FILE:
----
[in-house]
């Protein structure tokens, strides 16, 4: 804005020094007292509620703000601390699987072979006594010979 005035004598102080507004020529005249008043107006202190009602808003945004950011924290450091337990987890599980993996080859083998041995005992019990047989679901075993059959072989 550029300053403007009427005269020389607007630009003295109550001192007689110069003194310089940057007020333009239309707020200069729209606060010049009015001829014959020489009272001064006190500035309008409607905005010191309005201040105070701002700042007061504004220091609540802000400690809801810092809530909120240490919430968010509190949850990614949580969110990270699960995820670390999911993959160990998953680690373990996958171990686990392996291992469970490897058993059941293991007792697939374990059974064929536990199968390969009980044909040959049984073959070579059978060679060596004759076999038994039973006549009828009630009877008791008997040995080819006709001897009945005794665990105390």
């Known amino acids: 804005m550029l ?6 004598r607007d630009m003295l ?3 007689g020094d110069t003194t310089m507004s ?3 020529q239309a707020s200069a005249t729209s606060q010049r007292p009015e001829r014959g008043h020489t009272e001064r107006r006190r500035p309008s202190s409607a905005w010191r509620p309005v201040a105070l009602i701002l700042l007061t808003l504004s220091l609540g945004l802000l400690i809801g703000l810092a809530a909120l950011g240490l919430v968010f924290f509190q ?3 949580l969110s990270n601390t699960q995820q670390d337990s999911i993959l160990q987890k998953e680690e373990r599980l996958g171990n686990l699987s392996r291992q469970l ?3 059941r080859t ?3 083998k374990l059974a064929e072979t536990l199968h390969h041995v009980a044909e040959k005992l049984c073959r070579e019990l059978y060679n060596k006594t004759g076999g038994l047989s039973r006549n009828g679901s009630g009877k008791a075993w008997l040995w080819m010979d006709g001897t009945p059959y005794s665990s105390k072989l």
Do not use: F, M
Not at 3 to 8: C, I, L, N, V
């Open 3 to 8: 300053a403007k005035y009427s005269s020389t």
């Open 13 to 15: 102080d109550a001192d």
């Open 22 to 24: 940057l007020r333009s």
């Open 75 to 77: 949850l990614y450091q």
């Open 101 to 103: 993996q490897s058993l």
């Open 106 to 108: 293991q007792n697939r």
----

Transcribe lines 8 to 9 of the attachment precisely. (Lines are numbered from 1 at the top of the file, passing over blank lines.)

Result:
């Open 22 to 24: 940057l007020r333009s």
């Open 75 to 77: 949850l990614y450091q």